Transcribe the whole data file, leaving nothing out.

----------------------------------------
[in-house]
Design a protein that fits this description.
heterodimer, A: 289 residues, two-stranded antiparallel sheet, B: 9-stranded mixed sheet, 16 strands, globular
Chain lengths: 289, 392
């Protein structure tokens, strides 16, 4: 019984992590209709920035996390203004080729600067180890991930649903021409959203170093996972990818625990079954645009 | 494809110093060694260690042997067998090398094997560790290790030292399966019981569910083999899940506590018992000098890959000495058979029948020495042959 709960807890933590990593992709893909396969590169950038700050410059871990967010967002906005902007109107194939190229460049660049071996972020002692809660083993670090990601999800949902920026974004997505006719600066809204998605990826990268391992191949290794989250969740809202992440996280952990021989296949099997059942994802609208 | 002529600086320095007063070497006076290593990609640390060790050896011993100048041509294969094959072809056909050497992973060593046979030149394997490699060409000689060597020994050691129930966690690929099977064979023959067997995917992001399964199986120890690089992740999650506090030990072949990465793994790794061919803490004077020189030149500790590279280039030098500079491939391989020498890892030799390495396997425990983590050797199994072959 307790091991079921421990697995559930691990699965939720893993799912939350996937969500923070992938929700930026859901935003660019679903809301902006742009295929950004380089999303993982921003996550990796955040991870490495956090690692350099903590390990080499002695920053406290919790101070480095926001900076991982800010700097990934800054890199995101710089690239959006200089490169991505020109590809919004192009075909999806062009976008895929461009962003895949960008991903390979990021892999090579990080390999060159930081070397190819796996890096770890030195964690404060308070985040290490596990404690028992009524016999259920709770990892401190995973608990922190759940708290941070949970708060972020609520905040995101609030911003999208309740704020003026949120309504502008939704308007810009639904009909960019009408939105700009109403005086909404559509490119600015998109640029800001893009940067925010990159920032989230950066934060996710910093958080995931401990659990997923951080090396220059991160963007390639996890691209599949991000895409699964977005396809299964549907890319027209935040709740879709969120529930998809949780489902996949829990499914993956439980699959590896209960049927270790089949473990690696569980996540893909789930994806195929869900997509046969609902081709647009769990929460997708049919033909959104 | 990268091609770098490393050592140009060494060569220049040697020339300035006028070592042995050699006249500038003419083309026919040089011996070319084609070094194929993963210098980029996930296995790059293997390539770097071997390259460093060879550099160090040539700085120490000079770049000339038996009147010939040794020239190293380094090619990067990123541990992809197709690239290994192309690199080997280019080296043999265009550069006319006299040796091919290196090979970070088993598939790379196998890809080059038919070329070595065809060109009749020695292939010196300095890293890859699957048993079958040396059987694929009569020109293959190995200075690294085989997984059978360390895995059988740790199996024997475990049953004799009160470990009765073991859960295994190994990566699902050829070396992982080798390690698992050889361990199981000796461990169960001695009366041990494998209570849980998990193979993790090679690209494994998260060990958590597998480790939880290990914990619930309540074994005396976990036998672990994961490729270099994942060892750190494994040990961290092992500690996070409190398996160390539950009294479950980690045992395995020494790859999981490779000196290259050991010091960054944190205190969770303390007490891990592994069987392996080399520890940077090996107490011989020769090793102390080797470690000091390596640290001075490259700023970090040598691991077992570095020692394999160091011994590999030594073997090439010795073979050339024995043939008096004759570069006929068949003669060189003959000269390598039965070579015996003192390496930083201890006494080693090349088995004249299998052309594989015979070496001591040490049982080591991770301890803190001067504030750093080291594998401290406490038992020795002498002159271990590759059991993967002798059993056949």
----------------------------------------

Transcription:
[in-house]
Design a protein that fits this description.
heterodimer, A: 289 residues, two-stranded antiparallel sheet, B: 9-stranded mixed sheet, 16 strands, globular
Chain lengths: 289, 392
């Protein structure tokens, strides 16, 4: 019984992590209709920035996390203004080729600067180890991930649903021409959203170093996972990818625990079954645009 | 494809110093060694260690042997067998090398094997560790290790030292399966019981569910083999899940506590018992000098890959000495058979029948020495042959 709960807890933590990593992709893909396969590169950038700050410059871990967010967002906005902007109107194939190229460049660049071996972020002692809660083993670090990601999800949902920026974004997505006719600066809204998605990826990268391992191949290794989250969740809202992440996280952990021989296949099997059942994802609208 | 002529600086320095007063070497006076290593990609640390060790050896011993100048041509294969094959072809056909050497992973060593046979030149394997490699060409000689060597020994050691129930966690690929099977064979023959067997995917992001399964199986120890690089992740999650506090030990072949990465793994790794061919803490004077020189030149500790590279280039030098500079491939391989020498890892030799390495396997425990983590050797199994072959 307790091991079921421990697995559930691990699965939720893993799912939350996937969500923070992938929700930026859901935003660019679903809301902006742009295929950004380089999303993982921003996550990796955040991870490495956090690692350099903590390990080499002695920053406290919790101070480095926001900076991982800010700097990934800054890199995101710089690239959006200089490169991505020109590809919004192009075909999806062009976008895929461009962003895949960008991903390979990021892999090579990080390999060159930081070397190819796996890096770890030195964690404060308070985040290490596990404690028992009524016999259920709770990892401190995973608990922190759940708290941070949970708060972020609520905040995101609030911003999208309740704020003026949120309504502008939704308007810009639904009909960019009408939105700009109403005086909404559509490119600015998109640029800001893009940067925010990159920032989230950066934060996710910093958080995931401990659990997923951080090396220059991160963007390639996890691209599949991000895409699964977005396809299964549907890319027209935040709740879709969120529930998809949780489902996949829990499914993956439980699959590896209960049927270790089949473990690696569980996540893909789930994806195929869900997509046969609902081709647009769990929460997708049919033909959104 | 990268091609770098490393050592140009060494060569220049040697020339300035006028070592042995050699006249500038003419083309026919040089011996070319084609070094194929993963210098980029996930296995790059293997390539770097071997390259460093060879550099160090040539700085120490000079770049000339038996009147010939040794020239190293380094090619990067990123541990992809197709690239290994192309690199080997280019080296043999265009550069006319006299040796091919290196090979970070088993598939790379196998890809080059038919070329070595065809060109009749020695292939010196300095890293890859699957048993079958040396059987694929009569020109293959190995200075690294085989997984059978360390895995059988740790199996024997475990049953004799009160470990009765073991859960295994190994990566699902050829070396992982080798390690698992050889361990199981000796461990169960001695009366041990494998209570849980998990193979993790090679690209494994998260060990958590597998480790939880290990914990619930309540074994005396976990036998672990994961490729270099994942060892750190494994040990961290092992500690996070409190398996160390539950009294479950980690045992395995020494790859999981490779000196290259050991010091960054944190205190969770303390007490891990592994069987392996080399520890940077090996107490011989020769090793102390080797470690000091390596640290001075490259700023970090040598691991077992570095020692394999160091011994590999030594073997090439010795073979050339024995043939008096004759570069006929068949003669060189003959000269390598039965070579015996003192390496930083201890006494080693090349088995004249299998052309594989015979070496001591040490049982080591991770301890803190001067504030750093080291594998401290406490038992020795002498002159271990590759059991993967002798059993056949």